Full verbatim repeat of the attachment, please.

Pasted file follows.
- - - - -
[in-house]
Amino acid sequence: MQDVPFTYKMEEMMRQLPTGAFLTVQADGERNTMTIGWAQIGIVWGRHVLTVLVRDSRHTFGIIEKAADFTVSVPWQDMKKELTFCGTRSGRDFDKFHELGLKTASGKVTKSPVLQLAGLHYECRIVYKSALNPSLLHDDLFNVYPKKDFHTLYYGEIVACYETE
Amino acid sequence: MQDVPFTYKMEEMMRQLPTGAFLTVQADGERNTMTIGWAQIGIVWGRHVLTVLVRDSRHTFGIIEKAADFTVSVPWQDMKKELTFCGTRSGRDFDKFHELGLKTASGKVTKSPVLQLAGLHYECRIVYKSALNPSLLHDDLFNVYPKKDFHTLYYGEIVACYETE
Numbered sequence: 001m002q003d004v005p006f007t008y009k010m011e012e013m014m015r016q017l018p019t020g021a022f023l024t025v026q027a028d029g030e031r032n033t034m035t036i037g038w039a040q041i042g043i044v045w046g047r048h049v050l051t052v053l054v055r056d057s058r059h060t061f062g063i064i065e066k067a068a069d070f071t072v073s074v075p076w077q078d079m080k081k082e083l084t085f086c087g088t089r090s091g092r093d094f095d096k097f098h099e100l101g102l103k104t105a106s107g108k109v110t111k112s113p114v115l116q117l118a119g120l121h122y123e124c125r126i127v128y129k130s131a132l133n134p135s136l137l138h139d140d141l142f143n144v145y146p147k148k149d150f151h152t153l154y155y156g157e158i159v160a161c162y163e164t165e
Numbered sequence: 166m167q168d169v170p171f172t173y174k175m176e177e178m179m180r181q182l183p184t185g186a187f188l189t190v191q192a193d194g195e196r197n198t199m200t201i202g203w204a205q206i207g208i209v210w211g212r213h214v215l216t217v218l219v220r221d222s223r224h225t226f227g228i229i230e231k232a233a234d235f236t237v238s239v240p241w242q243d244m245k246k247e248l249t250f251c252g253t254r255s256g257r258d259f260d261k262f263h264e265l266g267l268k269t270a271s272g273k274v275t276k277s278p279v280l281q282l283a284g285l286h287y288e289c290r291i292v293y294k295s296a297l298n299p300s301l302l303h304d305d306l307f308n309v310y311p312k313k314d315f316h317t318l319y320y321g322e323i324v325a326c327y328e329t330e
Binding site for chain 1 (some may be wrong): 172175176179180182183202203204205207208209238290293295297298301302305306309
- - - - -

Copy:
[in-house]
Amino acid sequence: MQDVPFTYKMEEMMRQLPTGAFLTVQADGERNTMTIGWAQIGIVWGRHVLTVLVRDSRHTFGIIEKAADFTVSVPWQDMKKELTFCGTRSGRDFDKFHELGLKTASGKVTKSPVLQLAGLHYECRIVYKSALNPSLLHDDLFNVYPKKDFHTLYYGEIVACYETE
Amino acid sequence: MQDVPFTYKMEEMMRQLPTGAFLTVQADGERNTMTIGWAQIGIVWGRHVLTVLVRDSRHTFGIIEKAADFTVSVPWQDMKKELTFCGTRSGRDFDKFHELGLKTASGKVTKSPVLQLAGLHYECRIVYKSALNPSLLHDDLFNVYPKKDFHTLYYGEIVACYETE
Numbered sequence: 001m002q003d004v005p006f007t008y009k010m011e012e013m014m015r016q017l018p019t020g021a022f023l024t025v026q027a028d029g030e031r032n033t034m035t036i037g038w039a040q041i042g043i044v045w046g047r048h049v050l051t052v053l054v055r056d057s058r059h060t061f062g063i064i065e066k067a068a069d070f071t072v073s074v075p076w077q078d079m080k081k082e083l084t085f086c087g088t089r090s091g092r093d094f095d096k097f098h099e100l101g102l103k104t105a106s107g108k109v110t111k112s113p114v115l116q117l118a119g120l121h122y123e124c125r126i127v128y129k130s131a132l133n134p135s136l137l138h139d140d141l142f143n144v145y146p147k148k149d150f151h152t153l154y155y156g157e158i159v160a161c162y163e164t165e
Numbered sequence: 166m167q168d169v170p171f172t173y174k175m176e177e178m179m180r181q182l183p184t185g186a187f188l189t190v191q192a193d194g195e196r197n198t199m200t201i202g203w204a205q206i207g208i209v210w211g212r213h214v215l216t217v218l219v220r221d222s223r224h225t226f227g228i229i230e231k232a233a234d235f236t237v238s239v240p241w242q243d244m245k246k247e248l249t250f251c252g253t254r255s256g257r258d259f260d261k262f263h264e265l266g267l268k269t270a271s272g273k274v275t276k277s278p279v280l281q282l283a284g285l286h287y288e289c290r291i292v293y294k295s296a297l298n299p300s301l302l303h304d305d306l307f308n309v310y311p312k313k314d315f316h317t318l319y320y321g322e323i324v325a326c327y328e329t330e
Binding site for chain 1 (some may be wrong): 172175176179180182183202203204205207208209238290293295297298301302305306309